Senescence for Hierarchies

Senescence is the process by which cells irreversibly stop dividing and enter a state of permanent growth arrest without undergoing cell death.


If we spend time outside, we can sense Autumn long before the leaves begin to turn and can admire the beauty of the change in that brief period before they fall and winter arrives. The trick, such as it is, is to spend time outside.

The same is true of our organisations. If we spend all our time at our desks and screens, rather than looking at them from the outside, organisational winter arrives whilst we’re still in our summer clothes.

That’s what it feels like now. What is happening has been signalled for a while. We’ve talked about it as though it’s something in the future that we’ll have plenty of time to plan for, and yet here we are, feeling like victims.

There has been increasing evidence of hierarchies ceding power and influence to networks, and those early falling leaves are now a cascade. 

The organisations we have been brought up with: Structures, corner offices, titles and plans are floundering as the complicated world they were designed for becomes increasingly complex and tilt into periods of chaos.

I think the implications are profound, in quiet, unexpected ways. Hierarchies are neat “lego bricks” arranged into different forms and traded with other hierarchies. They can accommodate long power distance ratios and remote leadership. Networks, on the other hand, are fluid and flow where events take them. They separate and branch and reform in unpredictable ways. Fell a tree, and you can predict precisely where it will land. Good luck with plotting where individual autumn leaves will land.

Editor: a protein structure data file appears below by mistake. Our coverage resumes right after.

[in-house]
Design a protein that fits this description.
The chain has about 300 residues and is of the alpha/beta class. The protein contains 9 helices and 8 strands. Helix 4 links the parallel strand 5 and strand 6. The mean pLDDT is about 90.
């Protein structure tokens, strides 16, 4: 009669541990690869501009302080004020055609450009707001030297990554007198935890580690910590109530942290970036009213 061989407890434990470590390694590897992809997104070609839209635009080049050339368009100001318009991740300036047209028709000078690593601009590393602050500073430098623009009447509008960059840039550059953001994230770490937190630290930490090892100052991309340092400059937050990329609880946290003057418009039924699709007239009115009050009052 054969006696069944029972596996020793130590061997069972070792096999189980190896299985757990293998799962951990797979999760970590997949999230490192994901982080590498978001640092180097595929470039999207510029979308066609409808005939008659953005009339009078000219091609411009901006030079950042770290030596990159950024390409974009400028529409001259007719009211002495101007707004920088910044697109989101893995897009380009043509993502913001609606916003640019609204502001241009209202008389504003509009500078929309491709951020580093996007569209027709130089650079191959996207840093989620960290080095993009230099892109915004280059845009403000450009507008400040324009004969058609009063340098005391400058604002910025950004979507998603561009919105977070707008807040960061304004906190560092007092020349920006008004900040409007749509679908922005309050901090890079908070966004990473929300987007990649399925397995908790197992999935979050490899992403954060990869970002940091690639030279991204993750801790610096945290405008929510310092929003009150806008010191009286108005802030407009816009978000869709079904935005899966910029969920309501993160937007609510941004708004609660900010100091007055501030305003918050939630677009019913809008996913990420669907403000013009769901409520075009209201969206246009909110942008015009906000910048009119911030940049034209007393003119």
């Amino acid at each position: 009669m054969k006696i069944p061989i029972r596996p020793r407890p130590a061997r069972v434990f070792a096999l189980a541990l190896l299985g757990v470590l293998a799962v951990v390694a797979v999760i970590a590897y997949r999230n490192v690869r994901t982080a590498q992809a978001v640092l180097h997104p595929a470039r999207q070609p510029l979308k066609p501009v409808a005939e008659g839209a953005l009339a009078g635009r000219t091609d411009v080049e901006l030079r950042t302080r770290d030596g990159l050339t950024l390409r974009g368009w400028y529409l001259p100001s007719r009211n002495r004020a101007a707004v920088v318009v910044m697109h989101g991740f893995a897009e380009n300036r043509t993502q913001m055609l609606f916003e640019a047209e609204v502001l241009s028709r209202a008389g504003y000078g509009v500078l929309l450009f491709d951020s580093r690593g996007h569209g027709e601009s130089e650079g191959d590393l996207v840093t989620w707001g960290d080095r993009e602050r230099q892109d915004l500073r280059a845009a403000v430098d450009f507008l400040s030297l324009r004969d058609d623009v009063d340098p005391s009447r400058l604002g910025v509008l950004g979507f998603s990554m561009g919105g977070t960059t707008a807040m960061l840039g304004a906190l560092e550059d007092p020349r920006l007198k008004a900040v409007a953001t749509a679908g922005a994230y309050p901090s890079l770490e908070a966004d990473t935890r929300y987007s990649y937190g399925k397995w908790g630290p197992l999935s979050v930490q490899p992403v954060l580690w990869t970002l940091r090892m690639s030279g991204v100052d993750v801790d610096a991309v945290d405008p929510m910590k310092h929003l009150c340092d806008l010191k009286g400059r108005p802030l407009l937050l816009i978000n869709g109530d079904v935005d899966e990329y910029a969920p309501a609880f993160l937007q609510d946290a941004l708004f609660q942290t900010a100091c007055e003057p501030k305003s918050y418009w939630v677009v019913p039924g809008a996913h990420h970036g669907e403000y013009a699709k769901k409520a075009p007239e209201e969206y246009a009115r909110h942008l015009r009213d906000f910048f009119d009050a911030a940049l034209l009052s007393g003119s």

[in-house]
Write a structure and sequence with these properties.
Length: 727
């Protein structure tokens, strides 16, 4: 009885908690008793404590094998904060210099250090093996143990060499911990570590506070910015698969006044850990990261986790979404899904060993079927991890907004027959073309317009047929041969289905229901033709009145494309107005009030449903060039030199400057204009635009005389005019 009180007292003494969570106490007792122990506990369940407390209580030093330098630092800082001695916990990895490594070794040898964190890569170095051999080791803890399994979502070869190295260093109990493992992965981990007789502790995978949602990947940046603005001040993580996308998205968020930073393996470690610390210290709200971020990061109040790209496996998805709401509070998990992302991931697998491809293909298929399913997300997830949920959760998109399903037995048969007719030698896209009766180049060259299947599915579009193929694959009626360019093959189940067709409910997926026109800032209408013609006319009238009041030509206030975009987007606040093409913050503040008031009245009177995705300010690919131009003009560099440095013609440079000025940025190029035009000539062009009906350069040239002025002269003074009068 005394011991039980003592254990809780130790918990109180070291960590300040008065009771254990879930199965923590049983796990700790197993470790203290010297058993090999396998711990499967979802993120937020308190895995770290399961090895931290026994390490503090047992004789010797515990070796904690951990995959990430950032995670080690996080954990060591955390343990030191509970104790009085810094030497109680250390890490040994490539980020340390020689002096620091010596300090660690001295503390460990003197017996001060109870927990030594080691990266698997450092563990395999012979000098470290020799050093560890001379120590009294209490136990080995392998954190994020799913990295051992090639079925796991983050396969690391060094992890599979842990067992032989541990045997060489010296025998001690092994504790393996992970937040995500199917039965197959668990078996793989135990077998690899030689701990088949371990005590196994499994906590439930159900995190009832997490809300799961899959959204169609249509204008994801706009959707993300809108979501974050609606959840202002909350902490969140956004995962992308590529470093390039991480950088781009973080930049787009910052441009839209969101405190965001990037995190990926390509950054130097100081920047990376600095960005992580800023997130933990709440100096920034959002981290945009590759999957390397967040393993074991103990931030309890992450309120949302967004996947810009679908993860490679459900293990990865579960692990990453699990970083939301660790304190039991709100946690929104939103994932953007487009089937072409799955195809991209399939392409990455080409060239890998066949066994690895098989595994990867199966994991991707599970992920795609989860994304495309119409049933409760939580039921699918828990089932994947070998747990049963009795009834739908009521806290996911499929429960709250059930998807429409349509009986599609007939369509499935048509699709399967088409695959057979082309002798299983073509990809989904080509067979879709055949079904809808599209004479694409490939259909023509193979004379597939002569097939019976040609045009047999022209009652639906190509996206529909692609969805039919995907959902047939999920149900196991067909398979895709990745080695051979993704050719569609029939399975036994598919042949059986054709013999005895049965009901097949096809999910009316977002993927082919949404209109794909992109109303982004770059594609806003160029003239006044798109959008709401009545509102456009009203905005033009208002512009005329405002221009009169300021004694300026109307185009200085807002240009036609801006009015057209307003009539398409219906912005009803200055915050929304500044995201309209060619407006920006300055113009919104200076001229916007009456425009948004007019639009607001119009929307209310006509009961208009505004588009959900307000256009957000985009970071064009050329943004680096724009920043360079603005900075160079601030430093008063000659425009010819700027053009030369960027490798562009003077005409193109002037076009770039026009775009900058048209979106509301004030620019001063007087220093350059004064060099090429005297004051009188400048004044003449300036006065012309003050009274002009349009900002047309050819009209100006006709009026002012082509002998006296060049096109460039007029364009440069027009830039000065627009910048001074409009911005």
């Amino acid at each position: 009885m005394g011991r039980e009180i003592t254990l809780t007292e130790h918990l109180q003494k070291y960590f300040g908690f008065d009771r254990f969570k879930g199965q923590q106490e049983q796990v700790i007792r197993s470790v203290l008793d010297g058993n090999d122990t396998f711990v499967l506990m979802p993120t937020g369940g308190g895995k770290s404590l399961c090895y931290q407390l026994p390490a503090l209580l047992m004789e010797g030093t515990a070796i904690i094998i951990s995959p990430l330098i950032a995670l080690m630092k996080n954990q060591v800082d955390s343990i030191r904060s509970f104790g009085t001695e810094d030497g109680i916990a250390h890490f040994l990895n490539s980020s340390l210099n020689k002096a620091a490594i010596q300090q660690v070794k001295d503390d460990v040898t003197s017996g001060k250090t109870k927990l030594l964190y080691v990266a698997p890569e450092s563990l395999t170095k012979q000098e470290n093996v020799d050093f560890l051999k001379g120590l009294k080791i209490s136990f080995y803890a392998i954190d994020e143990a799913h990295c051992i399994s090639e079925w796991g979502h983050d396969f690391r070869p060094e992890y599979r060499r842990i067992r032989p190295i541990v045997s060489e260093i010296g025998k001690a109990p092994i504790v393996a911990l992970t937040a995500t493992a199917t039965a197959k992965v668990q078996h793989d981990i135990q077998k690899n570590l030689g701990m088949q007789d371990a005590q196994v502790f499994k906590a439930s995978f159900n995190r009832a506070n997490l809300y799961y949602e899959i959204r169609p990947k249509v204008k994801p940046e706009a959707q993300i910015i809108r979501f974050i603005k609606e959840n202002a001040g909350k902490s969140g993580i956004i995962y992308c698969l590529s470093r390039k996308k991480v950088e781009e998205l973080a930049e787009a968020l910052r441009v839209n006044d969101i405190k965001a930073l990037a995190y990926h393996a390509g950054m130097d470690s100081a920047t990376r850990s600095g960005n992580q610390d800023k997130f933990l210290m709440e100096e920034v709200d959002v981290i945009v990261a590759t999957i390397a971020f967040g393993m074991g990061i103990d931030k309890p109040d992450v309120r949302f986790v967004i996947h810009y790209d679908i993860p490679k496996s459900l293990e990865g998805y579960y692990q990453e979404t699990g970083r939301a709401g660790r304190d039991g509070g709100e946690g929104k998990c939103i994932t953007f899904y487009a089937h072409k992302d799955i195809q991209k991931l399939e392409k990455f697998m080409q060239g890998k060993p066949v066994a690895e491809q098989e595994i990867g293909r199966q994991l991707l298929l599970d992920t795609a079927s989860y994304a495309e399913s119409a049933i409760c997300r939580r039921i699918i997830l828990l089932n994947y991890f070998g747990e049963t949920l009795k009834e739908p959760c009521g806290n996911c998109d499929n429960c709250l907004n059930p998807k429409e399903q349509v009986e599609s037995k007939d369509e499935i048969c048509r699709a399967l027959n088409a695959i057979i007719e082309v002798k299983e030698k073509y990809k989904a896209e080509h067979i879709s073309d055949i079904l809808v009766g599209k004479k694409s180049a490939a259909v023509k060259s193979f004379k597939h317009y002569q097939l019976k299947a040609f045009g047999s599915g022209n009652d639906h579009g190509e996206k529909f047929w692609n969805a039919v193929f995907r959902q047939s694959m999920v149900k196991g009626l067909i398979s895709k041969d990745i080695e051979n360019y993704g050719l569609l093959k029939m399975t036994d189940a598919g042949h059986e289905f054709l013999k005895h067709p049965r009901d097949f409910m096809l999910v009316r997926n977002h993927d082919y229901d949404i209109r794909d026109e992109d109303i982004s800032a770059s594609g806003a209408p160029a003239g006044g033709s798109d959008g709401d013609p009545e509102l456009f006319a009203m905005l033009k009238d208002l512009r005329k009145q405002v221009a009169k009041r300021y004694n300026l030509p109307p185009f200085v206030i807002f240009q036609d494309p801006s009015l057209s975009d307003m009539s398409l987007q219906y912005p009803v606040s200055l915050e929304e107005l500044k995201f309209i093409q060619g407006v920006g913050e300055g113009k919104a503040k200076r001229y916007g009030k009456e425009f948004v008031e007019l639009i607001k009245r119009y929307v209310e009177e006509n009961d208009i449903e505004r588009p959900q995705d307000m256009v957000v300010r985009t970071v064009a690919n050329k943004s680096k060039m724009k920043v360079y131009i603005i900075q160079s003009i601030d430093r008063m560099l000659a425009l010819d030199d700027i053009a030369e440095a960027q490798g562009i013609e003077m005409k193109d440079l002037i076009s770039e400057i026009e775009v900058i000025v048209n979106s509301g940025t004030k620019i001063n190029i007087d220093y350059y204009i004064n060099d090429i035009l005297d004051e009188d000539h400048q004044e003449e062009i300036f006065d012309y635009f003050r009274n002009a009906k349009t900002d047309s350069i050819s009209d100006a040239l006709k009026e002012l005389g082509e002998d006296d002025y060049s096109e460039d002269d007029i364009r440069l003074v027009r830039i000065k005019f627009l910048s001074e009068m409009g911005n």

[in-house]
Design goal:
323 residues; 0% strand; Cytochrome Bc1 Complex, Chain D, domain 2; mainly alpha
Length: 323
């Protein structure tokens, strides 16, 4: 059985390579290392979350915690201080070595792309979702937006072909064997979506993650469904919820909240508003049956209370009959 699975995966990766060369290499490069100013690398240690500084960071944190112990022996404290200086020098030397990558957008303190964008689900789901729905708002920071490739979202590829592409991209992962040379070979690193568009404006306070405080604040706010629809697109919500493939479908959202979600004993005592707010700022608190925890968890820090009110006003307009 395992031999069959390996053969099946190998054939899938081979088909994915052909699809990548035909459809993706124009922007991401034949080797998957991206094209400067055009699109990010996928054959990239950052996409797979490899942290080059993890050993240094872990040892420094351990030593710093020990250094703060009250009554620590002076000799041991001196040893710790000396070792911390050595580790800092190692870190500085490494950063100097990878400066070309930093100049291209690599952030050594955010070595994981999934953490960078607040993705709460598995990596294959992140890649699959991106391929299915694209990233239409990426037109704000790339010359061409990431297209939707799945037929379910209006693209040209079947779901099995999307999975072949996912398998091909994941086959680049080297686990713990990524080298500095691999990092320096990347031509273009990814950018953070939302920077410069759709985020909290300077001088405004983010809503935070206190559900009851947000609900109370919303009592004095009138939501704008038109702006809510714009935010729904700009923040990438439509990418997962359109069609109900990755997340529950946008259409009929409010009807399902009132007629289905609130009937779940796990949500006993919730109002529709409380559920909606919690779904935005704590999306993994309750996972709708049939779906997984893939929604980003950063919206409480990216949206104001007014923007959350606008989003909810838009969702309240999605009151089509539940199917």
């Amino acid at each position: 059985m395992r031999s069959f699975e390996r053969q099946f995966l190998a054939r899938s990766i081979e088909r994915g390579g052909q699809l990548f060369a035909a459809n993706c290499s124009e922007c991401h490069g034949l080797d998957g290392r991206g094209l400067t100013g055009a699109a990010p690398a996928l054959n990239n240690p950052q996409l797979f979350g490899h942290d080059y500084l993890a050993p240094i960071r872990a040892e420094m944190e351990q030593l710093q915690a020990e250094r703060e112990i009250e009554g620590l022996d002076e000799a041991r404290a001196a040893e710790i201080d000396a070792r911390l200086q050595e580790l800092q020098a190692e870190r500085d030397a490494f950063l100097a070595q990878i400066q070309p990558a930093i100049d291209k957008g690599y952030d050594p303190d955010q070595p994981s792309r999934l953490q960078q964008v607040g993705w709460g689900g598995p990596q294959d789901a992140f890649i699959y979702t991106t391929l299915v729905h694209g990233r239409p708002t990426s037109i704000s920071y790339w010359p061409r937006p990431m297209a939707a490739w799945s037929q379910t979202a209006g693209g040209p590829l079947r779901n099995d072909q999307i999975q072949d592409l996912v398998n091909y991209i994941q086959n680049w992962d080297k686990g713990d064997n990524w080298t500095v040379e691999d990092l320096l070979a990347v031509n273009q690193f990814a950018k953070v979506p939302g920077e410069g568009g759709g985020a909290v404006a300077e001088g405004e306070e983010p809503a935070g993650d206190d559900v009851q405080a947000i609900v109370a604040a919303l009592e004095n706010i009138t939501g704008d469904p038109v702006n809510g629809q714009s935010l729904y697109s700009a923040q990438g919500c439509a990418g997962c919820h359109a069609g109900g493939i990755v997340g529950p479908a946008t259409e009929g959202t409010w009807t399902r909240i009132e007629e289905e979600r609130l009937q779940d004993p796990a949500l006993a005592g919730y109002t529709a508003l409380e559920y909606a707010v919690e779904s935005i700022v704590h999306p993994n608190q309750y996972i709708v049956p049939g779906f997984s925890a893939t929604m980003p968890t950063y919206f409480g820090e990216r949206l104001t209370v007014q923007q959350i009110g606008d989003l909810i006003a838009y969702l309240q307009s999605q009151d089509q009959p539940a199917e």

It’s the Autumn Equinox today, an ancient signalling of a change in the seasons. 

I think we sense the same in the way we work. If we rely on a hierarchy to provide for us, whether political or business, we will be in for a tough winter as decisions are made based on templates and algorithms by people appointed to lead us and who live in a different world. 

Networks, on the other hand, are messier. They need hard work to maintain the relationships and connections that keep them together. They morph quickly, and do not take well to plans but when the weather turns, provide much better shelter.

It’s an excellent time to consider our networks.

“Autumn is a second spring when every leaf is a flower.”

Albert Camus

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